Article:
Photos by Amin Khosroshahi, ISNA
Turquoise is an opaque, blue-to-green mineral that is a hydrous phosphate of copper and aluminum. It is rare and valuable in finer grades and has been prized as a gem and ornamental stone for thousands of years owing to its unique hue. In recent times turquoise, like most other opaque gems, has been devalued by the introduction of treatments, imitations, and synthetics onto the market.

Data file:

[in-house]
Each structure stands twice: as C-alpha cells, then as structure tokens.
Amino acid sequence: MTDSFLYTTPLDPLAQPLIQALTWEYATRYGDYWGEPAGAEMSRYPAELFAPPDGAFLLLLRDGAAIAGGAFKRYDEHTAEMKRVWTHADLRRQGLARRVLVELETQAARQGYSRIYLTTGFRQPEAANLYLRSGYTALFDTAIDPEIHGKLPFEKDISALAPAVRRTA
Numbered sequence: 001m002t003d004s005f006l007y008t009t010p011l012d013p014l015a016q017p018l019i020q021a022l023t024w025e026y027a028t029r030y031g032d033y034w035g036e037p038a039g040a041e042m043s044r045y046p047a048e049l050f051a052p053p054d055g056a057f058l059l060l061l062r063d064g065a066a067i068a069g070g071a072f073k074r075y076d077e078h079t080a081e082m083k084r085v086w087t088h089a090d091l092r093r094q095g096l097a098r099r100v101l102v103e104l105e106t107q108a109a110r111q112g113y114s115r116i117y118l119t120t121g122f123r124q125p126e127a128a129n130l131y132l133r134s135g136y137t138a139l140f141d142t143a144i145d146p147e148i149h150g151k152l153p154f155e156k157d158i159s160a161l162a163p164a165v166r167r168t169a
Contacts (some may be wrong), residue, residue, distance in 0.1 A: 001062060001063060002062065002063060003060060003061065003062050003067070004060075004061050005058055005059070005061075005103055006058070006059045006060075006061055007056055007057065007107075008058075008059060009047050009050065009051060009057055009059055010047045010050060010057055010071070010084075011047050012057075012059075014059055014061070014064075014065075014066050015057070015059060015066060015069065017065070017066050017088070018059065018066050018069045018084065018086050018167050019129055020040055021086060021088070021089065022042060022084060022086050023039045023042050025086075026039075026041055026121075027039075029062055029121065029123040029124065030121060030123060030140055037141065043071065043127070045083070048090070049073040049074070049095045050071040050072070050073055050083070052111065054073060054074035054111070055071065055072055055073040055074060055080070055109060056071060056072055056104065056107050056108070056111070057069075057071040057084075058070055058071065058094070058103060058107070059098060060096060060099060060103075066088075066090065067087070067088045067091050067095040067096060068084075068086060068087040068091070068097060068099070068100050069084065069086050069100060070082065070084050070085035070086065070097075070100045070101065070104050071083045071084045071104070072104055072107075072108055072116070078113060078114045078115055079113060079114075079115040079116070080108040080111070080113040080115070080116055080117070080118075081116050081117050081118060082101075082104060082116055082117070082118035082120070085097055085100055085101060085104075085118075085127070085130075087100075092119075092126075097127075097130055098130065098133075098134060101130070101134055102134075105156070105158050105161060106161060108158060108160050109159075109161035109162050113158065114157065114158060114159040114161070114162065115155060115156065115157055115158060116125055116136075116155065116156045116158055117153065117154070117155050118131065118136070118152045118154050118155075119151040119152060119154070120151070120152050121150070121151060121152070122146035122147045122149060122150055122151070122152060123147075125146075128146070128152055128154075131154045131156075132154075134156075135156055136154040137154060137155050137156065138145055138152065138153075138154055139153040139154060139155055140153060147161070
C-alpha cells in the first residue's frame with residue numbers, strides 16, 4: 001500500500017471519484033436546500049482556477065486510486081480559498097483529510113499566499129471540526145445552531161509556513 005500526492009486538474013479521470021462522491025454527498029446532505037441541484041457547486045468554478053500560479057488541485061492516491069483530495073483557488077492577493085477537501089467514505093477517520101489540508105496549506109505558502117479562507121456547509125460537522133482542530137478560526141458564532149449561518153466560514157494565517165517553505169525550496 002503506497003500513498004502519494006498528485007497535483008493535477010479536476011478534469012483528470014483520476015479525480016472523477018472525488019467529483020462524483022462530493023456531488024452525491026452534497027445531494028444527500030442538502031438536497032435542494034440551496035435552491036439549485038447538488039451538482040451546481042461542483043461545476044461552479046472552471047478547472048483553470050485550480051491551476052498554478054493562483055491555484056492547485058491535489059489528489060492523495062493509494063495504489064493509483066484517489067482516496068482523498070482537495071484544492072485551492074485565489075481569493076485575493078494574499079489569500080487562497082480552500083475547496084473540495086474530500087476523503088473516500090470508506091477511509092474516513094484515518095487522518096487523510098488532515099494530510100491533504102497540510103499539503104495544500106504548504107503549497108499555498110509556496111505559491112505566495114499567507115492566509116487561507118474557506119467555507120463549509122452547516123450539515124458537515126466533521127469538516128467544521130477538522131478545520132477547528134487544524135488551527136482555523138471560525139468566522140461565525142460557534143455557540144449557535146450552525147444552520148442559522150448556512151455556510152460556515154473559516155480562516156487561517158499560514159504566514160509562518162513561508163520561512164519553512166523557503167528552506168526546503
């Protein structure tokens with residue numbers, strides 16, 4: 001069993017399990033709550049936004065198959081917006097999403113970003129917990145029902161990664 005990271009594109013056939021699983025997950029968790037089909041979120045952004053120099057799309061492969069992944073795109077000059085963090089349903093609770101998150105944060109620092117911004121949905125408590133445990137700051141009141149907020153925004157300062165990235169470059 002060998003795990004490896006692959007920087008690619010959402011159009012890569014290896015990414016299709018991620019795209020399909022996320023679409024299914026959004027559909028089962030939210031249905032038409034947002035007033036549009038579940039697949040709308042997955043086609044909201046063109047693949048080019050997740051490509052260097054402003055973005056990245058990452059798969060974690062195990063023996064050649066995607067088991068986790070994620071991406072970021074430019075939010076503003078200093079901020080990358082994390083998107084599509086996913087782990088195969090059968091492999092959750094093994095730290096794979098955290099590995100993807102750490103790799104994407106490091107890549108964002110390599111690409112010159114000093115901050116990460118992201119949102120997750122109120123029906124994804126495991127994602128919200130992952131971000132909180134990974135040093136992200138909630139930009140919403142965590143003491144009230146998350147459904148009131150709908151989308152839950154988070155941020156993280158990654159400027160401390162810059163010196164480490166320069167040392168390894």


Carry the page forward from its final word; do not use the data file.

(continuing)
The substance has been known by many names, but the word turquoise was derived around the 16th century from the French language turquie, for Iranian material which was early imported through Turkey.
For at least 2,000 years, the region once known as Persia, has remained an important source of turquoise. This deposit, which is blue naturally, and turns green when heated due to dehydration, is restricted to a mine-riddled region in Neyshabur, the 2,012-metre (6,600 ft) mountain peak of Ali-Mersai, which is tens of kilometers from Mashhad, the capital of Razavi Khorasan province, Iran.
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